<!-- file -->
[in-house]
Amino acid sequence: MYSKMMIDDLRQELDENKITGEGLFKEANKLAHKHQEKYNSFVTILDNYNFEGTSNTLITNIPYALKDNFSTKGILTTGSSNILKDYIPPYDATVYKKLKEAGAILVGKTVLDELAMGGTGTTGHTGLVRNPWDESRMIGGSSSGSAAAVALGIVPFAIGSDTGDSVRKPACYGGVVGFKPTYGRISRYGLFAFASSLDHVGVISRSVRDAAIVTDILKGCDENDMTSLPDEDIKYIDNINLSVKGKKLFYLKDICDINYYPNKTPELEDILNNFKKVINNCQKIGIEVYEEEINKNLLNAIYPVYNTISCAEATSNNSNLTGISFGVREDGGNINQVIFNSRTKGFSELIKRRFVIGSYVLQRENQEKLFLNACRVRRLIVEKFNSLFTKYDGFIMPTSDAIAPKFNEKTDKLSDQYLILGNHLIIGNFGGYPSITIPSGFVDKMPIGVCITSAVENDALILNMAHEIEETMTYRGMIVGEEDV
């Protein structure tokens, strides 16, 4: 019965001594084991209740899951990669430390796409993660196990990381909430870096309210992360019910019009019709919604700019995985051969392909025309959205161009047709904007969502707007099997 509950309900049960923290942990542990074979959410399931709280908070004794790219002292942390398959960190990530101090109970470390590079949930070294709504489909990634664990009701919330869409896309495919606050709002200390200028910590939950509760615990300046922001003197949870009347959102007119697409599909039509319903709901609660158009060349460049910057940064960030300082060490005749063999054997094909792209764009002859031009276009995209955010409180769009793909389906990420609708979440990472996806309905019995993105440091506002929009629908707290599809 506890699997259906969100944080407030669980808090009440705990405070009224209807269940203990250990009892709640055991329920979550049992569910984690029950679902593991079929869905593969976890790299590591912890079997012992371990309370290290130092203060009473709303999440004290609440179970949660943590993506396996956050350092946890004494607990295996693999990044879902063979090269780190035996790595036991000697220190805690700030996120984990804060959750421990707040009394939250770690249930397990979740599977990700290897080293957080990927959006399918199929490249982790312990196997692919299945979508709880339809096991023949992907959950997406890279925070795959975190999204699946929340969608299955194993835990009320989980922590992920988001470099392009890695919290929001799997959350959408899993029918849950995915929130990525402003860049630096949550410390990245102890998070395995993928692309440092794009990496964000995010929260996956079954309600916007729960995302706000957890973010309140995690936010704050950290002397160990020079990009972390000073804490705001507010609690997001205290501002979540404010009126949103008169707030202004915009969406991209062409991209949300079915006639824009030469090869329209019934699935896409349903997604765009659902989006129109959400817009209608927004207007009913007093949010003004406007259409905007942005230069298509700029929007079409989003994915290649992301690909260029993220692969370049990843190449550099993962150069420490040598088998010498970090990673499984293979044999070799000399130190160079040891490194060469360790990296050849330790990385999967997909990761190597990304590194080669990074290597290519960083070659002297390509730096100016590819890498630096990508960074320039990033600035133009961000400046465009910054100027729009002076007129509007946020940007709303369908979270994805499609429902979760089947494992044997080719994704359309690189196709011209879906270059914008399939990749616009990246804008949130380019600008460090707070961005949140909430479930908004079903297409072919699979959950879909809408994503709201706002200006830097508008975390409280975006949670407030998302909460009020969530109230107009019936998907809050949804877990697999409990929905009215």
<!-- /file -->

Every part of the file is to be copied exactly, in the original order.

[in-house]
Amino acid sequence: MYSKMMIDDLRQELDENKITGEGLFKEANKLAHKHQEKYNSFVTILDNYNFEGTSNTLITNIPYALKDNFSTKGILTTGSSNILKDYIPPYDATVYKKLKEAGAILVGKTVLDELAMGGTGTTGHTGLVRNPWDESRMIGGSSSGSAAAVALGIVPFAIGSDTGDSVRKPACYGGVVGFKPTYGRISRYGLFAFASSLDHVGVISRSVRDAAIVTDILKGCDENDMTSLPDEDIKYIDNINLSVKGKKLFYLKDICDINYYPNKTPELEDILNNFKKVINNCQKIGIEVYEEEINKNLLNAIYPVYNTISCAEATSNNSNLTGISFGVREDGGNINQVIFNSRTKGFSELIKRRFVIGSYVLQRENQEKLFLNACRVRRLIVEKFNSLFTKYDGFIMPTSDAIAPKFNEKTDKLSDQYLILGNHLIIGNFGGYPSITIPSGFVDKMPIGVCITSAVENDALILNMAHEIEETMTYRGMIVGEEDV
């Protein structure tokens, strides 16, 4: 019965001594084991209740899951990669430390796409993660196990990381909430870096309210992360019910019009019709919604700019995985051969392909025309959205161009047709904007969502707007099997 509950309900049960923290942990542990074979959410399931709280908070004794790219002292942390398959960190990530101090109970470390590079949930070294709504489909990634664990009701919330869409896309495919606050709002200390200028910590939950509760615990300046922001003197949870009347959102007119697409599909039509319903709901609660158009060349460049910057940064960030300082060490005749063999054997094909792209764009002859031009276009995209955010409180769009793909389906990420609708979440990472996806309905019995993105440091506002929009629908707290599809 506890699997259906969100944080407030669980808090009440705990405070009224209807269940203990250990009892709640055991329920979550049992569910984690029950679902593991079929869905593969976890790299590591912890079997012992371990309370290290130092203060009473709303999440004290609440179970949660943590993506396996956050350092946890004494607990295996693999990044879902063979090269780190035996790595036991000697220190805690700030996120984990804060959750421990707040009394939250770690249930397990979740599977990700290897080293957080990927959006399918199929490249982790312990196997692919299945979508709880339809096991023949992907959950997406890279925070795959975190999204699946929340969608299955194993835990009320989980922590992920988001470099392009890695919290929001799997959350959408899993029918849950995915929130990525402003860049630096949550410390990245102890998070395995993928692309440092794009990496964000995010929260996956079954309600916007729960995302706000957890973010309140995690936010704050950290002397160990020079990009972390000073804490705001507010609690997001205290501002979540404010009126949103008169707030202004915009969406991209062409991209949300079915006639824009030469090869329209019934699935896409349903997604765009659902989006129109959400817009209608927004207007009913007093949010003004406007259409905007942005230069298509700029929007079409989003994915290649992301690909260029993220692969370049990843190449550099993962150069420490040598088998010498970090990673499984293979044999070799000399130190160079040891490194060469360790990296050849330790990385999967997909990761190597990304590194080669990074290597290519960083070659002297390509730096100016590819890498630096990508960074320039990033600035133009961000400046465009910054100027729009002076007129509007946020940007709303369908979270994805499609429902979760089947494992044997080719994704359309690189196709011209879906270059914008399939990749616009990246804008949130380019600008460090707070961005949140909430479930908004079903297409072919699979959950879909809408994503709201706002200006830097508008975390409280975006949670407030998302909460009020969530109230107009019936998907809050949804877990697999409990929905009215």